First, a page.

David Cronenberg had been making moody, cerebral horror films (and one drag-racing movie) in Canada since Stereo in 1969, and with each feature, his cult grew a little bigger. It helped that he gave audiences more than one reason to show up, offering increasingly elaborate (and explicit) visual effects with each film while anchoring the unforgettable visuals to resonant philosophical conceits, from Shivers’ sexual paranoia to The Brood’s brutal divorce metaphors. It took the 1981 film Scanners to bring him widespread attention, however, which makes sense in retrospect. Though labyrinthine compared to, say, My Bloody Valentine, the action-filled Scanners has a superficially straightforward evil-telepaths-vs.-good-telepaths plot not that far removed from Brian De Palma’s 1978 hit The Fury. And it has an irresistible hook in its most unforgettable image: It’s the movie where a man’s head explodes.
Advertising for the film went to town with the exploding head. Ads promised “Their thoughts can kill!” next to a graphic description of what it would be like to be on the wrong end of the psychic transaction. (“10 seconds: The pain begins. 15 seconds: You can’t breathe. 20 seconds: You explode.”) Yet anyone showing up for the exploding head alone got more than they bargained for from the first scene, in which the derelict hero, Cameron Vale (Stephen Lack, now better known as a painter than an actor), forages for scraps in a shopping mall while disapproving shoppers look on and talk about him. The atmosphere here, like many of the environments visited in the film, is antiseptic, a place of glass and polished metal. The unkempt Vale clearly does not belong among the respectable shoppers, prompting one woman to comment, “I don’t know how they can let creatures like that in here.” Then Vale involuntarily turns the tables on her, prompting her to go into a seizure. In a sense, he is a creature with no place among proper humans. But what sets him apart also gives him the ability to bring it all to the ground if he chooses.
Vale doesn’t know this yet, but he quickly learns when he’s taken in by Dr. Paul Ruth (Patrick McGoohan), a scientist at the research firm ConSec who informs Vale he’s a scanner, part of a race of people born with telepathic abilities. From there, Vale becomes aware both of other scanners in general and one in particular, the malevolent Darryl Revok (Michael Ironside, terrifying) intent on taking down ConSec. To prevent this, Ruth sends Vale to infiltrate Revok’s forces as Revok escalates his attack.
In an insightful essay accompanying the new Criterion edition of the film, critic and novelist Kim Newman points out that Scanners is part of a tradition of works about the evolutionary emergence of beings with powers beyond normal humans, from A.E. van Vogt’s Slan to Theodore Sturgeon’s More Than Human to the X-Men comics. Scanners occasionally plays like a tour of the metaphorical possibilities raised by that scenario, turning the hero into one type of outsider after another. Vale begins as a drifter, and at times resembles a junkie (Ruth administers a drug to suppress Vale’s painful ability to hear other people’s thoughts), a spy, a bohemian (one sequence involves a visit to a tortured scanner artist who channels his abilities into art), and, ultimately, a revolutionary. As Vale and his scanner partner on the lam Kim (Jennifer O’Neill) draw closer to Revok, it becomes clear that the future of the scanners, and the human race, depends on who wins their final confrontation.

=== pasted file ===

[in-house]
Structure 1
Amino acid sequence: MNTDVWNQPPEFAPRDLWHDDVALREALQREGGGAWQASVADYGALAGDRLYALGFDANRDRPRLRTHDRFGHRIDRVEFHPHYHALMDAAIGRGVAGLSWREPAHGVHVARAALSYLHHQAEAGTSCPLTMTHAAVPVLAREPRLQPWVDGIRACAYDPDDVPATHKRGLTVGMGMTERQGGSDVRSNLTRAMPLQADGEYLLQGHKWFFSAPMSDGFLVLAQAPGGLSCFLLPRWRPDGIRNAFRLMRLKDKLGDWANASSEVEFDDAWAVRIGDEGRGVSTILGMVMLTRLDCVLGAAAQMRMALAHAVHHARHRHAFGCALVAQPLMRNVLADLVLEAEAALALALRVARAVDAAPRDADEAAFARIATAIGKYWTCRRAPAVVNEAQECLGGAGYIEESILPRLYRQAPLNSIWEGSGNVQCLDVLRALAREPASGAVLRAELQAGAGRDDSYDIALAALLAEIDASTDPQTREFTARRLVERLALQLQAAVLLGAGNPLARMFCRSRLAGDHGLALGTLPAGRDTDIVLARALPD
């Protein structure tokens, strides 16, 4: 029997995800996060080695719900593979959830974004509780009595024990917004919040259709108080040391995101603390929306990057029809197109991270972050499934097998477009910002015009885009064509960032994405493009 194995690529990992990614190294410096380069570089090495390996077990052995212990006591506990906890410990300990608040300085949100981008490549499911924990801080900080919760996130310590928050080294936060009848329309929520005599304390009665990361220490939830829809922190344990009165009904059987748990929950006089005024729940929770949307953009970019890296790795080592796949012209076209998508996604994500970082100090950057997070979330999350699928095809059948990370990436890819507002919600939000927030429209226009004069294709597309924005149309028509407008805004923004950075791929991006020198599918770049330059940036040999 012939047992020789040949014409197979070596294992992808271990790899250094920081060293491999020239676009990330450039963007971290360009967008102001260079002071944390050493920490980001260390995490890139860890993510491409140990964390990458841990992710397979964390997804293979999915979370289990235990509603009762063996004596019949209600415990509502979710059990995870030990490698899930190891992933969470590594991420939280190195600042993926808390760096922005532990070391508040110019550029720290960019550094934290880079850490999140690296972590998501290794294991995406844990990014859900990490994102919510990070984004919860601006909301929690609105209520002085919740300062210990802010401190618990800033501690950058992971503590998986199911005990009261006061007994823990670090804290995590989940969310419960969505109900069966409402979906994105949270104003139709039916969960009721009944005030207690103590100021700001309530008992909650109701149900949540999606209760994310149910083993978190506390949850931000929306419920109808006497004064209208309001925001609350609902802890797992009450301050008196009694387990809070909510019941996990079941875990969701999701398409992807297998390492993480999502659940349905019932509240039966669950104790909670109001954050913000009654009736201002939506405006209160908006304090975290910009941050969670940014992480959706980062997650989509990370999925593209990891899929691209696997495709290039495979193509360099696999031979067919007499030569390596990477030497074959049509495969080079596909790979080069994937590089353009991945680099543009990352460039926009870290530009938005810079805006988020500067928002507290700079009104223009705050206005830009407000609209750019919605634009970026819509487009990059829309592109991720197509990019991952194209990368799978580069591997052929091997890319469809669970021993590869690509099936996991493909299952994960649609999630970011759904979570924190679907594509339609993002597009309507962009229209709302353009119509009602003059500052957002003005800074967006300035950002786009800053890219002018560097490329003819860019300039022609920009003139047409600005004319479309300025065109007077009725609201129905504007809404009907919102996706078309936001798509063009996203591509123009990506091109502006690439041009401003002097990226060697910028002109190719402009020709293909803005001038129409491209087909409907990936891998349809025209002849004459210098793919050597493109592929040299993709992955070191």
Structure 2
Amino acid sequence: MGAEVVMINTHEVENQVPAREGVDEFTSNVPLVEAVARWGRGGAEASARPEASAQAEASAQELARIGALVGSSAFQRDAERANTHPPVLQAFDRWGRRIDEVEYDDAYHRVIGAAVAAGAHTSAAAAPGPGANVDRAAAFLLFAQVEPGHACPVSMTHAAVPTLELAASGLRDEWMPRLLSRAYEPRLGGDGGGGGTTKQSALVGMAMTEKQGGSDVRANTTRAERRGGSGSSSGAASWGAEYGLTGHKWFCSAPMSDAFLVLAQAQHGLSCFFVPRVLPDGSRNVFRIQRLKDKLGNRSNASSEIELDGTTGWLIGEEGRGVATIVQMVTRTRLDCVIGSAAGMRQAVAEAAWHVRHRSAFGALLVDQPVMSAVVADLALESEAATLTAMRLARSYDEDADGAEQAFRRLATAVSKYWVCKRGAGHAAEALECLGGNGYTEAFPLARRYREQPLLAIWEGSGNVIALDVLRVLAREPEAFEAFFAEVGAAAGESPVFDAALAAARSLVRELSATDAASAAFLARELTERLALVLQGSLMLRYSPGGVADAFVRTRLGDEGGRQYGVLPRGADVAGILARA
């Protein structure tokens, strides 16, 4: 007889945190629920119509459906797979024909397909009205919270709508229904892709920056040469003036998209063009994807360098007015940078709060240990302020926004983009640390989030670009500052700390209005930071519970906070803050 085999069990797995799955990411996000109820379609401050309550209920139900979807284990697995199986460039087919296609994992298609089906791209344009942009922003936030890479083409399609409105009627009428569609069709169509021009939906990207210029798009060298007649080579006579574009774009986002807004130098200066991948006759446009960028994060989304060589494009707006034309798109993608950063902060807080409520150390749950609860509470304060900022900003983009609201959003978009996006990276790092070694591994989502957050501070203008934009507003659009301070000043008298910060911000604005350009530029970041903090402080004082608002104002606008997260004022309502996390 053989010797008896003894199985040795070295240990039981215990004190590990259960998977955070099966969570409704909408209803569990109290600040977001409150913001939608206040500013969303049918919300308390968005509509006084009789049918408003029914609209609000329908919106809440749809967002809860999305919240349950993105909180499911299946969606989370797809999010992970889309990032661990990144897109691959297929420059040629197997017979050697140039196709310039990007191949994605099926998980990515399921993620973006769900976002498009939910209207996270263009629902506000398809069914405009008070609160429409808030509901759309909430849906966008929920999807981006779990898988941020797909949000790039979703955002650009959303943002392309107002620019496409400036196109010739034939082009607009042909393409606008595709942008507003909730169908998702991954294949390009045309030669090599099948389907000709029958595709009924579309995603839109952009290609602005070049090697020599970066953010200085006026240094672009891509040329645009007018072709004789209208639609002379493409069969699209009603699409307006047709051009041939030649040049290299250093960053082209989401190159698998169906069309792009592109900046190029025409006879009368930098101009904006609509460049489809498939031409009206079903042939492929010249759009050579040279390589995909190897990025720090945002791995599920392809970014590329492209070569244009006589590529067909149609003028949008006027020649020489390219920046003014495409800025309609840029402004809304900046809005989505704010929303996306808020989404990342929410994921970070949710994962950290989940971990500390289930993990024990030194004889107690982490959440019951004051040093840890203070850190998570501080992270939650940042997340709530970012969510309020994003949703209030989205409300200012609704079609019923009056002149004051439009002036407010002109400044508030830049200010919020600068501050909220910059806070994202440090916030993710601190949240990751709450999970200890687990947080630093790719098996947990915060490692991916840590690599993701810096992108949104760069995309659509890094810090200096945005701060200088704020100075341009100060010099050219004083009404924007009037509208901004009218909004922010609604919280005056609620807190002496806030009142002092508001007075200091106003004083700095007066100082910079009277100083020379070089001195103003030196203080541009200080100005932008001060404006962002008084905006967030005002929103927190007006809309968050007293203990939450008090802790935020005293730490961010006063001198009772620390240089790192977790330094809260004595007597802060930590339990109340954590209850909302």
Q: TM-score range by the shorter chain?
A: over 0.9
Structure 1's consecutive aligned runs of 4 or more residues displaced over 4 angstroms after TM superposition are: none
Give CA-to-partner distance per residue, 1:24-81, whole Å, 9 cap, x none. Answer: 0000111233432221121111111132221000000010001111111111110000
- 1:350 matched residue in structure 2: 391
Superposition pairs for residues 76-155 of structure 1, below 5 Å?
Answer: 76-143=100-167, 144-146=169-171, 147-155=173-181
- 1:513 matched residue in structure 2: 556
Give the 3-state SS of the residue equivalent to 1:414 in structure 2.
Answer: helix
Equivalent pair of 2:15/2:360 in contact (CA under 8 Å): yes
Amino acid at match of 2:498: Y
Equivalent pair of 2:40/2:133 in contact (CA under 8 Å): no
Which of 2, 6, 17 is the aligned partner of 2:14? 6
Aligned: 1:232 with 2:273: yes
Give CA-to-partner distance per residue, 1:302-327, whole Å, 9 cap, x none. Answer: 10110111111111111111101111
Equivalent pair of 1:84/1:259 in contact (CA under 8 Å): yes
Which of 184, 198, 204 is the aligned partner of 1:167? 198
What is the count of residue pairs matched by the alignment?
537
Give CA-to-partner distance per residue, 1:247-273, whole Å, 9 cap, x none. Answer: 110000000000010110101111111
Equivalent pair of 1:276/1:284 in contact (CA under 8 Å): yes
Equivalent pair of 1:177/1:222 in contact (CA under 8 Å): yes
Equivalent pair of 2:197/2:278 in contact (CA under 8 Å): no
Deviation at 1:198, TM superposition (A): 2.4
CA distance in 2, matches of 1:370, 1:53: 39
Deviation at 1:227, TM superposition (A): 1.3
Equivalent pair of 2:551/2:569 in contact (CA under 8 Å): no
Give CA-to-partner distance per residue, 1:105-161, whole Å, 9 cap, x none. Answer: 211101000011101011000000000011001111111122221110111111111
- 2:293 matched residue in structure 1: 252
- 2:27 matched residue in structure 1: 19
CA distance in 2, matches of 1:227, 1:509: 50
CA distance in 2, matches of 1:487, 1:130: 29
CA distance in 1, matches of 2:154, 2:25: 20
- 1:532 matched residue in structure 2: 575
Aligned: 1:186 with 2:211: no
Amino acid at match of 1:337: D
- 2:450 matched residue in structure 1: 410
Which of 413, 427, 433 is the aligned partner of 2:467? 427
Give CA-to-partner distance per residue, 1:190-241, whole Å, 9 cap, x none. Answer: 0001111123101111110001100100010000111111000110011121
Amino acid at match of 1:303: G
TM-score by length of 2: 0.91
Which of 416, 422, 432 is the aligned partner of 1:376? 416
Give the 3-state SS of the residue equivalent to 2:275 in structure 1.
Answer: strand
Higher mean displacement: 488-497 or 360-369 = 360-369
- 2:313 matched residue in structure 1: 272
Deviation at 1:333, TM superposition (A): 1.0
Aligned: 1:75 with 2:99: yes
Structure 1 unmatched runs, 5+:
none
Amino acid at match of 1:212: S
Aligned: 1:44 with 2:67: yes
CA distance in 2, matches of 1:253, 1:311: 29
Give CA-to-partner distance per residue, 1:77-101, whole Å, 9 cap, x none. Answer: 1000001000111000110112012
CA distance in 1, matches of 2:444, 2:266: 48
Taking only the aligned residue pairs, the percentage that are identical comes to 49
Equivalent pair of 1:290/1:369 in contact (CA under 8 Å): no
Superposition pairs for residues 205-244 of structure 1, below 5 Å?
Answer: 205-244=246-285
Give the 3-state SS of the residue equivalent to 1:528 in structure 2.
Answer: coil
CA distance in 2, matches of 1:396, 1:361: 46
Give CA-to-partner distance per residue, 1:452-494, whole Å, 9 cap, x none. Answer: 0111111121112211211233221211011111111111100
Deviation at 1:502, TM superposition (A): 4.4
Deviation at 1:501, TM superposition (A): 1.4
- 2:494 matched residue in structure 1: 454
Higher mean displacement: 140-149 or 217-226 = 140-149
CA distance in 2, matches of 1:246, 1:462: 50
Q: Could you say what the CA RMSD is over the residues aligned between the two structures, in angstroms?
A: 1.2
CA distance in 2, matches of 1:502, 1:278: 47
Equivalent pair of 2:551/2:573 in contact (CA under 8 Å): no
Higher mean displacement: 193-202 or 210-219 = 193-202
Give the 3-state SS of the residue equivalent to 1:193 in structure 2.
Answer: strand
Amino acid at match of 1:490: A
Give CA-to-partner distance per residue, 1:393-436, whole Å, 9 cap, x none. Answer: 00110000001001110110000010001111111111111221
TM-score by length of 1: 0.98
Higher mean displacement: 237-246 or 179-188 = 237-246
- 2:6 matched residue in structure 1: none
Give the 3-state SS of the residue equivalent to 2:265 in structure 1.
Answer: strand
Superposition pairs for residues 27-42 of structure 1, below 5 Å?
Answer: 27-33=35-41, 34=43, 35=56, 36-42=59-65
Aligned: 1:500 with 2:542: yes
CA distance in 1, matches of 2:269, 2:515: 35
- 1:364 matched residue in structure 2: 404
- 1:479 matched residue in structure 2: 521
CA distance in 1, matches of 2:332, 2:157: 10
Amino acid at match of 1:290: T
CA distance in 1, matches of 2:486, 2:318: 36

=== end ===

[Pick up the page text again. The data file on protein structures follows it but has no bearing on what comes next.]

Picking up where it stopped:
As anyone who’s seen Scanners can attest, that outcome isn’t so clear, and Cronenberg fills the film with moments and images of identities melting together. The film matches shots of faces, letting one dissolve into the next. To disarm a guard, Kim appears to him as his mother. In time, a firm with a name as nondescript as ConSec’s, BioCarbon Amalgamate, emerges as its rival; that company is housed in a nearly identical blocky building. Even humanity and machines become inseparable from one another in a scene in which Vale infiltrates a computer system by entering its “mind,” to the consternation of the lab-coat-wearing men around it. It’s yet another moment in Scanners where an organized system in a carefully controlled environment—be it a mall, lab, or hotel conference room—falls into chaos with the introduction of a rogue element. The outsiders always find a way in, and they rarely leave things as they found them.
The generous selection of bonus features includes vintage elements, like a trailer made up almost entirely of the exploding-head scene, a handful of radio spots, and a 1981 Canadian talk-show appearance in which Cronenberg discusses his work up to that point, and what his children think of it. (“My daughter has seen all my films, and she loves them. She brings friends home to watch them on cassette. I insist on getting notes from their parents, though.”) New features include a documentary on Scanners’ effects—in which every interview subject talks about the genius of makeup artist Dick Smith—and long interviews with Leak and Ironside. Ironside is the more entertaining of the two, talking about how Scanners fit into his early days as a struggling Canadian actor, and how the film fit into a personal history that included psychic brothers and sisters he had to wake up “because I was having their nightmares and I couldn’t get to sleep.” The main attraction here, however, is Stereo, Cronenberg’s previously hard-to-find feature debut from 1969. The 65-minute film, soundtracked only by the occasional scientific-sounding voiceover, and featuring many shots of shaggy-haired people traipsing through the institutional corridors of the Canadian Academy For Erotic Inquiry, is very much a late-1960s film experiment. But it’s also filled with striking compositions, and its plot, which collides sex, science, and psychic phenomena, anticipates everything from Scanners to Dead Ringers.